Most exchanges store the majority of customer funds offline in a cold wallet matrix, and keep a certain amount required for withdrawals in a hot wallet. If you hold large amounts of cryptocurrency online, be sure to research the reputation of the crypto exchange you use.

Cold Wallet Pros and Cons

In general, cold wallets have a higher level of security. Stealing from a cold wallet usually requires physical possession or access to the hardware. The person must also have an associated PIN or password to access the funds in the cold wallet. Most hardware wallets are cold wallets.

Hardware wallets are designed to be immune to hacking. Even when a hardware wallet is plugged into your computer or connected via Bluetooth, funds stored on the drive are difficult or impossible to steal. When technically connected to the internet, transaction signing occurs inside the cold wallet device. Only then is it broadcast to the blockchain network via your computer’s internet connection.

Generally, cold wallets are less practical for daily transactions than hot wallets because they must first be turned on and connected to the internet.  Also, while hot wallets are usually free , cold wallets can cost between $50 and $200. If you have more than a few hundred dollars in crypto, you may want to invest in a cold wallet before buying more. It is a small price to pay to protect yourself from the threat of losing your crypto assets.

Combining Cold and Hot Wallets

In general, a combination of hot and cold wallets is usually ideal.  You will have more peace of mind making crypto transactions with the balance between the accessibility of a hot wallet, and the security of a cold wallet.

The popular trend for  this merger is to use a second cellphone that only functions as a mobile-type cold wallet. When using your phone as a cold wallet, you will only turn it on when you want to make a transaction. The secondary phone that acts as a cold wallet connects to your primary phone via Bluetooth or WiFi, and you transfer funds to your hot wallet for transactions. After the transaction is made, the WiFi or Bluetooth connection and the secondary cell phone are turned off.

Many find it more convenient than a hardware wallet, while also offering the peace of mind of knowing your cryptocurrency is safe and secure. Using a secondary phone as a cold wallet is more secure than a normal mobile hot wallet, but less secure than a hardware cold wallet.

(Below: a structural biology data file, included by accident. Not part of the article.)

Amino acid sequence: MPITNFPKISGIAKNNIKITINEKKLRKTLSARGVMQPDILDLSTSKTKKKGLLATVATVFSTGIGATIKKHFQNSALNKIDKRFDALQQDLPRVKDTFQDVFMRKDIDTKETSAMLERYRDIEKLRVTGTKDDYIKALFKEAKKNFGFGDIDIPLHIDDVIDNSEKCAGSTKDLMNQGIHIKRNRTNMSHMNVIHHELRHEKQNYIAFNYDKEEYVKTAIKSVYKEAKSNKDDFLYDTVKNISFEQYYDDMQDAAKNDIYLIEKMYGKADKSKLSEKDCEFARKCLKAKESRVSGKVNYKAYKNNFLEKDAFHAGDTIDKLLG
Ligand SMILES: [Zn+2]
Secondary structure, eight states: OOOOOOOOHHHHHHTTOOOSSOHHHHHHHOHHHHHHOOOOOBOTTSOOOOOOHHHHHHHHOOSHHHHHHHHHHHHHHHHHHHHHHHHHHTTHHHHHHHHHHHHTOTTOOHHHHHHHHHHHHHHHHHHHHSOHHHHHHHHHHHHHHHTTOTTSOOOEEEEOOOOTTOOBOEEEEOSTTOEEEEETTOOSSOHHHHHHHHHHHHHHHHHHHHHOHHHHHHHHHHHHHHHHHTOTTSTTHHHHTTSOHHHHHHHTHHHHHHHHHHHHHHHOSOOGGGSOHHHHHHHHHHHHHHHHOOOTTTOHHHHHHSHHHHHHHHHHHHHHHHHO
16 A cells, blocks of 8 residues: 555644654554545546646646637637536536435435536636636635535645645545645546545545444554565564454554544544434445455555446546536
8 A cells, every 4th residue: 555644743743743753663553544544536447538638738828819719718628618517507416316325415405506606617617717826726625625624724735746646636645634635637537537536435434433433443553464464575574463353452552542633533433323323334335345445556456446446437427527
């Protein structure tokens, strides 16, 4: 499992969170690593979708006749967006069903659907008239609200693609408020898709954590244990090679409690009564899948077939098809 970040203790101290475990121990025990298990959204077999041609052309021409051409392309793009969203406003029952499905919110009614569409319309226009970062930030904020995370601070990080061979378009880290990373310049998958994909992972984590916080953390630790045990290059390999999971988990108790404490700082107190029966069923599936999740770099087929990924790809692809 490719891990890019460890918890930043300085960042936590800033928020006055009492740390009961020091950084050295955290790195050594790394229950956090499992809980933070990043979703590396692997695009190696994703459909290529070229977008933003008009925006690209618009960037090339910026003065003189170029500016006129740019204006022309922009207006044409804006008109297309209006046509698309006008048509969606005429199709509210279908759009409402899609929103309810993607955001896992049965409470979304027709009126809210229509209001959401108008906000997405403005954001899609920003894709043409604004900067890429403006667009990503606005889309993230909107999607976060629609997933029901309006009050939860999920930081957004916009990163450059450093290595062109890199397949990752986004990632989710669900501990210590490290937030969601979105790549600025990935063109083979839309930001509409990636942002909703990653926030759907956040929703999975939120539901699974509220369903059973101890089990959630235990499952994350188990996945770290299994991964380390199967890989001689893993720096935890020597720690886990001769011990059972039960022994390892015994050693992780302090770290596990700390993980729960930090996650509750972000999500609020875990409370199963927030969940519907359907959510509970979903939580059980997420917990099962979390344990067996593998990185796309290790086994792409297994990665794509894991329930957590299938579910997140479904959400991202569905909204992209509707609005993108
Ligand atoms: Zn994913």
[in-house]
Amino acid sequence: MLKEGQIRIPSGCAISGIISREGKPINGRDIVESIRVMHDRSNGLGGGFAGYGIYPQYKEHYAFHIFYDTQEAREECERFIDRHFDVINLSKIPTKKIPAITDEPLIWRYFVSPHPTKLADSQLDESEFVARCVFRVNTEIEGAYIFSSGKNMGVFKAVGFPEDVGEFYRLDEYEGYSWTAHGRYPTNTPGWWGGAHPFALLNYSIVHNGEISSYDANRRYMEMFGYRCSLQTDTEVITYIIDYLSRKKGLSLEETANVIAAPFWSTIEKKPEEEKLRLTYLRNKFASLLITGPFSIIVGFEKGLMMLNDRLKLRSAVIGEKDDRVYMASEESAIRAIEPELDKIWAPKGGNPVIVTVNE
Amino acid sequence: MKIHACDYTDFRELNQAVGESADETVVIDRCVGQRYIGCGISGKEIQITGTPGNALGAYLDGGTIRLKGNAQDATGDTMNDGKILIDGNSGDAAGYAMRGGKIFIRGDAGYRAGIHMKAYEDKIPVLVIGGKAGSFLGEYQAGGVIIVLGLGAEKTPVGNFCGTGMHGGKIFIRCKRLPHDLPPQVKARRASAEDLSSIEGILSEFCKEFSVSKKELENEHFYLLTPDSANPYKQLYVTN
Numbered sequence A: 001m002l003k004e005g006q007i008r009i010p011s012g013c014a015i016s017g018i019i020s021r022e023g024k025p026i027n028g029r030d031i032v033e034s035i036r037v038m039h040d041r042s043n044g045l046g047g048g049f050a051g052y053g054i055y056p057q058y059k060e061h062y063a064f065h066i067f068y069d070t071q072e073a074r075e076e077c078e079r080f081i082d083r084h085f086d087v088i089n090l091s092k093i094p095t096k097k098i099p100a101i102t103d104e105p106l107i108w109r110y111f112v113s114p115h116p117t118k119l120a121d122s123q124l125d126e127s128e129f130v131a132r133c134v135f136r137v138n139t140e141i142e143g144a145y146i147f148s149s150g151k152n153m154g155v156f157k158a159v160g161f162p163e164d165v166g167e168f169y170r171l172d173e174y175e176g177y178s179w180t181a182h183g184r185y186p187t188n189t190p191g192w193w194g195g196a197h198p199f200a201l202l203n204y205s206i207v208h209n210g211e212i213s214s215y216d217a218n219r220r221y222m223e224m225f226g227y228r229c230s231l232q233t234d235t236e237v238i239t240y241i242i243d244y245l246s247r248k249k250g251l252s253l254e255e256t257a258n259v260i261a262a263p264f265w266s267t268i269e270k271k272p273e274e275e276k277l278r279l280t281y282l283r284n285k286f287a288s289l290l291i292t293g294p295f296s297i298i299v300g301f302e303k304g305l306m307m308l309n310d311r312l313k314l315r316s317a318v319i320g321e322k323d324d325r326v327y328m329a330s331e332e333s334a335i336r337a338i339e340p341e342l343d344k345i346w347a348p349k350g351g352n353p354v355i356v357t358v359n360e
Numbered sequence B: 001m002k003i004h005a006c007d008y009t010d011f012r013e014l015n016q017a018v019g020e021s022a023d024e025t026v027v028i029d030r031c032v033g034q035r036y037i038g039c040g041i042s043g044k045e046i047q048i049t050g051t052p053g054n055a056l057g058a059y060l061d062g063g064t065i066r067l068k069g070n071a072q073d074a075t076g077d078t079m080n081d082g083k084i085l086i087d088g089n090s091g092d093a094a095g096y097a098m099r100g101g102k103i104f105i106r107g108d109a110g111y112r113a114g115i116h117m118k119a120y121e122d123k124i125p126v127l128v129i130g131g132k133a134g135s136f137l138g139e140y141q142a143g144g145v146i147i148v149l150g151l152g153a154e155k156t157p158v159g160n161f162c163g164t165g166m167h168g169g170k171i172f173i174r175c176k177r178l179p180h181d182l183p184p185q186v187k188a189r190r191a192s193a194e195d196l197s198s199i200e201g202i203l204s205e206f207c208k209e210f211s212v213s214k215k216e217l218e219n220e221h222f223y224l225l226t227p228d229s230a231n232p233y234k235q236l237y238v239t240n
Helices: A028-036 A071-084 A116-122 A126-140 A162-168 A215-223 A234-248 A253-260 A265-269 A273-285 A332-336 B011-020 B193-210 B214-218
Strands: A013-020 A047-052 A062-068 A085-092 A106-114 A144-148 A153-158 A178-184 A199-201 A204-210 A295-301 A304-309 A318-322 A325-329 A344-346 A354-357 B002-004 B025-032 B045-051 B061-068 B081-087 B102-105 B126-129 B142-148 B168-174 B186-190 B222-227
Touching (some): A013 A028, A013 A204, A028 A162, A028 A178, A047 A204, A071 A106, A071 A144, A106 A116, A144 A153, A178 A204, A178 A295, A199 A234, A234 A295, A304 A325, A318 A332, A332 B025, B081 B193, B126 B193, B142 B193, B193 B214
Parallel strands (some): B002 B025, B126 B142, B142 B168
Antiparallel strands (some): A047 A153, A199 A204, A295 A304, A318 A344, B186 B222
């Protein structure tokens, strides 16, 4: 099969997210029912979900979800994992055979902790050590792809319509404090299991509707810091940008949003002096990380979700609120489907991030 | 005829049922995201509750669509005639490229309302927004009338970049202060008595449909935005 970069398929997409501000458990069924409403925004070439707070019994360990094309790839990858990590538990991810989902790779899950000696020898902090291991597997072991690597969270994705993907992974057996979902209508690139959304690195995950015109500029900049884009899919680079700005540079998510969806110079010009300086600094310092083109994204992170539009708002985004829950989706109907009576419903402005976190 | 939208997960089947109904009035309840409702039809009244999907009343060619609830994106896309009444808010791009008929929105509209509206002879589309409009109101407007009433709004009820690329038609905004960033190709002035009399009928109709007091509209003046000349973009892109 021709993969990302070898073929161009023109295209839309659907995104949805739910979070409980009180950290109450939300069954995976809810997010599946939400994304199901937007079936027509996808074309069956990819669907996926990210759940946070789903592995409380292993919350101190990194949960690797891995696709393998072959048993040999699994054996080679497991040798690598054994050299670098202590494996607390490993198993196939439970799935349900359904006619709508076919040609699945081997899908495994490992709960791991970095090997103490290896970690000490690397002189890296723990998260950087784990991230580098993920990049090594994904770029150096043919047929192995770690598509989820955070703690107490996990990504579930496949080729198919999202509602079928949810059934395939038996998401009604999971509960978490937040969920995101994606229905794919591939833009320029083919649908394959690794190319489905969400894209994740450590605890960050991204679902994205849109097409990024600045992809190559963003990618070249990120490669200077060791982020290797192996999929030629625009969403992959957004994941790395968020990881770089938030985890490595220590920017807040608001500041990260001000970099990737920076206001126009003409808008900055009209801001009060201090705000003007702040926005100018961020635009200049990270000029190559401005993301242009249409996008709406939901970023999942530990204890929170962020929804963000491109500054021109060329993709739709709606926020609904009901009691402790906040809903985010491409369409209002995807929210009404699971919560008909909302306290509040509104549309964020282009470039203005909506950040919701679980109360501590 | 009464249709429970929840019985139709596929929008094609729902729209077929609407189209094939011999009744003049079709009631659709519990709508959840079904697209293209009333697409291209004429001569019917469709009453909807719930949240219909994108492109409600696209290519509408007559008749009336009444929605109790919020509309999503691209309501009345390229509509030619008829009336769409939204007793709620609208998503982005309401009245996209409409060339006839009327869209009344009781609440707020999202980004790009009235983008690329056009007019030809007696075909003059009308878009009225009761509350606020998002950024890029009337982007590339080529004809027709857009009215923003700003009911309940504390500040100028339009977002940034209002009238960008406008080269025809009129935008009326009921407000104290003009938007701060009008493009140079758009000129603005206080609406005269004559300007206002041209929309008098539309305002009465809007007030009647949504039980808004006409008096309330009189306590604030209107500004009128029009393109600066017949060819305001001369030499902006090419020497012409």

Types of Crypto Wallets by Device

  1. Software Wallet

    Software wallets come in many types, each with its unique characteristics. Most of them are connected to the Internet. The following are descriptions of some of the most common types of software wallets:

    1. Web Wallet

      You can use a web wallet to access the blockchain via a browser interface without downloading or installing anything. In most cases, you can create a new wallet and set a personal password to access it. However, some service providers store and manage private keys on your behalf. While this may make it easier for inexperienced users, it is a dangerous procedure.
      If you don’t hold your private key, you trust your money to someone else. To solve this problem, many web wallets now allow you to manage your keys, either entirely or via shared control (using multi-signature). So it is important to check the technical approach of each wallet before choosing the one that suits you best.

    2. Desktop Walle

      As the name suggests, a desktop wallet is a software you download and run locally on your computer. Unlike some web-based versions, desktop wallets give you complete control over your keys and funds. When you create a new desktop wallet, a file named “wallet.dat” will be stored locally on your computer. This file contains the private key information used to access your cryptocurrency address; you must encrypt it with a secure password.